Why You Should Save Pasta Water

The secret to the sauce.

April 28, 2020
141255999

141255999

Spaghetti cooking in large pot of salted, boiling water.

Photo by: Marta Nardini

Marta Nardini

Get a Complimentary 1-Year Subscription to the Food Network Kitchen App

Download Food Network Kitchen to sign up and get access to daily live classes, thousands of on-demand cooking classes, in-app grocery ordering and so much more. Own a Fire TV or Fire tablet? You can now get a 1-year complimentary subscription to the app — read here for more details. Terms and conditions apply.

By Leah Brickley for Food Network Kitchen

Italian grandmothers know best — they've been saving pasta water since spaghetti was a thing. That salty, murky water adds three things to pasta dishes: flavor, body and cling. Let us explain how.

While your pasta boils in salted water it releases some starch (that explains the cloudiness), turning plain water into an unknown (until now) essential ingredient which acts as a unifier between pasta and its sauce.

Simple cacio e pepe (cheese and pepper pasta) would be lost without pasta water, which provides the body for the sauce and helps it cling to the pasta. The same is true for aglio e olio, another humble pasta dish made with garlic and olive oil — it would be overly slick and oily without the addition of starchy pasta water to coax the oil into an emulsified sauce. Pesto and penne are united in a delicious friendship thanks to the binding powers of pasta water. Sometimes sauces like meat-packed Bolognese need a little thinning out after simmering for hours, and pasta water helps loosen and flavor it without sacrificing body. Creamy carbonara sauce cools quickly; the addition of pasta water will rescue it from clumping.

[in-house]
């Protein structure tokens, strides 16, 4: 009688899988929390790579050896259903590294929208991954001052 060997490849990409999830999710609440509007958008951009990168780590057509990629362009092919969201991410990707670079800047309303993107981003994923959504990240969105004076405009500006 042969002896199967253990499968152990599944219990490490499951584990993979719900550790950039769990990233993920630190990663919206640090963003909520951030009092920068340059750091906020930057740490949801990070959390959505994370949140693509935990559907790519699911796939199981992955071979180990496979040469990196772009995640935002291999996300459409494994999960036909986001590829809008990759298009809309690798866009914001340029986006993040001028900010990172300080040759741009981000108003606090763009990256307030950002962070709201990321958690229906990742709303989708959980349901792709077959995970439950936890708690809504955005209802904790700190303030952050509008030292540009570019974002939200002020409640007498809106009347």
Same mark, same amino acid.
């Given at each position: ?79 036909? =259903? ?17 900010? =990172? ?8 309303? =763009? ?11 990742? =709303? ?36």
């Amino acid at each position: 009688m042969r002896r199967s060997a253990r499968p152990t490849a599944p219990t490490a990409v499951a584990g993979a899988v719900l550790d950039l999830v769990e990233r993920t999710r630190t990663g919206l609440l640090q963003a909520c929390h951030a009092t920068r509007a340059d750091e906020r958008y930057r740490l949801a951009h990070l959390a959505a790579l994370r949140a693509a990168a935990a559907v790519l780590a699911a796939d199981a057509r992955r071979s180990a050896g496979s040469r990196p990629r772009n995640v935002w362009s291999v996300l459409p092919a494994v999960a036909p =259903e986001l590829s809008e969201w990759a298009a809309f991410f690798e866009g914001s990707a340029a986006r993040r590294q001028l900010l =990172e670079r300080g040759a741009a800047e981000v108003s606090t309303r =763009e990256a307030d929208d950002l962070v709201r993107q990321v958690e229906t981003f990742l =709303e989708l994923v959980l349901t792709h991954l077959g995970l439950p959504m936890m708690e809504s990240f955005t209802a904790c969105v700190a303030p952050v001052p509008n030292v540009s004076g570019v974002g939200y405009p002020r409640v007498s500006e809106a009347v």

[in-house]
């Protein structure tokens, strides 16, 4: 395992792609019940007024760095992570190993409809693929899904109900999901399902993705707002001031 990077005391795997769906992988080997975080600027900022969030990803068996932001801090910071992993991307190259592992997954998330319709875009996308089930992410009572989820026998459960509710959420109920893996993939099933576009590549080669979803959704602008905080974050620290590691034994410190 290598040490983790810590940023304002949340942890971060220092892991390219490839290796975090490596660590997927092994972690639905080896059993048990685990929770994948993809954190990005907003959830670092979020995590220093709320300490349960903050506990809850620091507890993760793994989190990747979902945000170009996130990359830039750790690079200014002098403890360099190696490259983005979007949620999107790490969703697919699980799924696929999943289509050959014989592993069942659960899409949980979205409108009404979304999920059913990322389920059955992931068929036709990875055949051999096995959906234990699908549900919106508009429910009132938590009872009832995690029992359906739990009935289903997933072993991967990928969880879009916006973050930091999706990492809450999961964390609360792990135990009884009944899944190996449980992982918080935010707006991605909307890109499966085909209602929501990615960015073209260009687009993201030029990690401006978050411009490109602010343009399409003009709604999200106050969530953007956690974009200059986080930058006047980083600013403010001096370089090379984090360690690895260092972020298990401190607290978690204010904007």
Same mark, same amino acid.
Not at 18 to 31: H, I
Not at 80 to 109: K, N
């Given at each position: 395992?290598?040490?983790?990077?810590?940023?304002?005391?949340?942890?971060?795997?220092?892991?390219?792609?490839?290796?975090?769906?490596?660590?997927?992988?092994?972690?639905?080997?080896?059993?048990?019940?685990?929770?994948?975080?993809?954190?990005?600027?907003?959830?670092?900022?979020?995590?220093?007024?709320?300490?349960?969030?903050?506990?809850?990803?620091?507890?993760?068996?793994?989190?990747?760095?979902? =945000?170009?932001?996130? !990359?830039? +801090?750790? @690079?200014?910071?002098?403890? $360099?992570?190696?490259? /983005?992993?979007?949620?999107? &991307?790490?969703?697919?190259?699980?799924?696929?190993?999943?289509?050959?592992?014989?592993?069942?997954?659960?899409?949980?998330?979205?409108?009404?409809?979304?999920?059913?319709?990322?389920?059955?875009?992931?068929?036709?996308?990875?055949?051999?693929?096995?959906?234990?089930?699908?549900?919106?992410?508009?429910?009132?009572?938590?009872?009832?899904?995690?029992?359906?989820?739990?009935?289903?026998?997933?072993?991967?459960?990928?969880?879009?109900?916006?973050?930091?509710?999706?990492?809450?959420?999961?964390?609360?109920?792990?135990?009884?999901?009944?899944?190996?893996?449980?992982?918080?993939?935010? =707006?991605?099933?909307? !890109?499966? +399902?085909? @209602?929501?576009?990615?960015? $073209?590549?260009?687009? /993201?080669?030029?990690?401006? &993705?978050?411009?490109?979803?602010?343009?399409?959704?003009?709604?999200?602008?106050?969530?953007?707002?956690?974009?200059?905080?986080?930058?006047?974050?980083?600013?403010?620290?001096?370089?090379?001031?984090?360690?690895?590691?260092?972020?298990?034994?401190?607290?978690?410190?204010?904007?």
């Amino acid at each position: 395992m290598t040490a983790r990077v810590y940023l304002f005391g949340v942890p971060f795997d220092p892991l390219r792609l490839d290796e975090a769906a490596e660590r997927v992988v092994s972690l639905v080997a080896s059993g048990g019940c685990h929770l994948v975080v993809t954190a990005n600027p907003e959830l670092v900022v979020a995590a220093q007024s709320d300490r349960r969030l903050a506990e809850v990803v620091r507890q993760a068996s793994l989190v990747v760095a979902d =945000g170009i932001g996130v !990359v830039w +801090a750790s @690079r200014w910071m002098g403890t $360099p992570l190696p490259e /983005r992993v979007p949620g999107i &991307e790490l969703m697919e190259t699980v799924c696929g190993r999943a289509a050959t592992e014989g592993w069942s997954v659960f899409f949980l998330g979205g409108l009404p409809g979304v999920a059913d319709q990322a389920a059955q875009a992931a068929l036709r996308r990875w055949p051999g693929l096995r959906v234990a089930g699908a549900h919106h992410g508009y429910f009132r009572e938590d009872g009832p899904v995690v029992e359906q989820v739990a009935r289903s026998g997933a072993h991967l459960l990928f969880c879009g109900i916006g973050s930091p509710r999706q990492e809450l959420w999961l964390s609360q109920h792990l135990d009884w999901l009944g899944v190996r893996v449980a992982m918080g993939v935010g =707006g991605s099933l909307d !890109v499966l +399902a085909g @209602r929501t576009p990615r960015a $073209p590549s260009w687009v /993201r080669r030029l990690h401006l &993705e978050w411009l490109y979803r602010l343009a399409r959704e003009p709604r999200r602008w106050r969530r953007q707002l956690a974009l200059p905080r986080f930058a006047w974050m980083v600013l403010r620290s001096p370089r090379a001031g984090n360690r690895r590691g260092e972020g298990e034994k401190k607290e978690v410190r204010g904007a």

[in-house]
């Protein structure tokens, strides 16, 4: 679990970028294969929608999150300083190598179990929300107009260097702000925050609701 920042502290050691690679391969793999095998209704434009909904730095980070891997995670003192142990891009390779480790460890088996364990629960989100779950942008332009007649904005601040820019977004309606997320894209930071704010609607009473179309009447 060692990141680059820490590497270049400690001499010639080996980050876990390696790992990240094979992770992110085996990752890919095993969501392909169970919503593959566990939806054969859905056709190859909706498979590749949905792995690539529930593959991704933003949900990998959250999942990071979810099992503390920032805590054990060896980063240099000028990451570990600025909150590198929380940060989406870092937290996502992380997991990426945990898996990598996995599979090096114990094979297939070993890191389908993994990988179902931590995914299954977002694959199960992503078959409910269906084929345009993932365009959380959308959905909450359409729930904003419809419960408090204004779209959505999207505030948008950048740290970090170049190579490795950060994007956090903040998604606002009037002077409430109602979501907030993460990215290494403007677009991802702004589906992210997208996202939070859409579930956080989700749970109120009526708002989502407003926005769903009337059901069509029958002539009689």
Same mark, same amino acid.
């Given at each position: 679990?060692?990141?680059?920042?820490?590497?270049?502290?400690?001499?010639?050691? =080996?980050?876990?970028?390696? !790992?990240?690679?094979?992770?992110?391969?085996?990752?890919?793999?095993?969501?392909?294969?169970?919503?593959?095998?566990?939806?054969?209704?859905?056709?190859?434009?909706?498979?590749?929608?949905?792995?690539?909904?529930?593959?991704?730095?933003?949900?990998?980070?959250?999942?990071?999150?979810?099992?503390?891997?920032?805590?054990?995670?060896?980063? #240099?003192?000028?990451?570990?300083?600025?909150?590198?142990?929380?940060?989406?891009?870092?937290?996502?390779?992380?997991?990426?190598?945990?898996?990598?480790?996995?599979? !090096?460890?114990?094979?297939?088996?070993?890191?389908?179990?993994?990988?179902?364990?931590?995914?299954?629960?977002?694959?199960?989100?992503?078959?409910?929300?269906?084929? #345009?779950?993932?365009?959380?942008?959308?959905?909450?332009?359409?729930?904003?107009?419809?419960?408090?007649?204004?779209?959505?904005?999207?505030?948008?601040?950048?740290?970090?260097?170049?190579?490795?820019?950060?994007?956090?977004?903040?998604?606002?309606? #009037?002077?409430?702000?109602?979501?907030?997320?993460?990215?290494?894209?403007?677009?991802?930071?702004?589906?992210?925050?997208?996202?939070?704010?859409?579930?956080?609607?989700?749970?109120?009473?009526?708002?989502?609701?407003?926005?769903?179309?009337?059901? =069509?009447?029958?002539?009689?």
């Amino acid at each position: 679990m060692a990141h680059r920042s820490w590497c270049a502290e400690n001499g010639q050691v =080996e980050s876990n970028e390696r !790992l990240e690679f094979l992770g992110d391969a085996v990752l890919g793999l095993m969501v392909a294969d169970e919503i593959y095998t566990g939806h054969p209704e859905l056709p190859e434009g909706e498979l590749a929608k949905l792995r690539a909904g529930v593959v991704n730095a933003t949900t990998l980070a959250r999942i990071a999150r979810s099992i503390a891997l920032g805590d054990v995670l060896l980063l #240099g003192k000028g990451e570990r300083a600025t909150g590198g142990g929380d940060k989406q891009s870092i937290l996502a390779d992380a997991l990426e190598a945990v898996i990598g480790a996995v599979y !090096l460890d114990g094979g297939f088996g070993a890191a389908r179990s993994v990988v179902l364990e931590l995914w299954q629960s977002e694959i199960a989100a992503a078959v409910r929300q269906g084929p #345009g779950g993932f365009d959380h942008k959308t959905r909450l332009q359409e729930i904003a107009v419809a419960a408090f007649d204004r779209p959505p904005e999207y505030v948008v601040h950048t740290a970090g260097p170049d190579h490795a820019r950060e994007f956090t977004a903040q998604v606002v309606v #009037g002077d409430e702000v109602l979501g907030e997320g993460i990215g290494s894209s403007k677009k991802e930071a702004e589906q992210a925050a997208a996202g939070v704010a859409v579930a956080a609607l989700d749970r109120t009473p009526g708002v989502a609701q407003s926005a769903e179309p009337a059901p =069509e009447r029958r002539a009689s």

And pasta water can support your culinary creativity: remember it when you need to bring leftovers or random ingredients together into a harmonious pasta meal — like this tomato, salami and smoked mozzarella pasta — fit for any Nonna.

Related links:

Next Up

How to Know When Your Steak is Done

Don't rely on tricks or gimmicks — all you need is a thermometer to nail steak every time.

Can You Freeze Eggs?

In a word: yes. But it’s important to follow a few rules.

Tips for Making Perfect Poached Eggs

Find 1000s of Food Network's best recipes from top chefs, shows and experts. And watch videos demonstrating recipe prep and cooking techniques.

Can You Freeze Cheese?

There are a few caveats when it comes to stashing cheese in the freezer.

Will Boxed Pudding Set With Almond Milk?

We put boxed pudding mixes to the dairy-free test.

French Glossary

Navigate French menus and cookbooks with confidence and ease.

How to Use Leftover Rice

From fried rice to stuffed cabbage to dessert: 15 easy recipes to use up those leftovers.

Alton Brown's Guide to Eggs

Alton Brown shows Food Network Magazine how to scramble, poach and more.
More from:

Cooking School

Latest Stories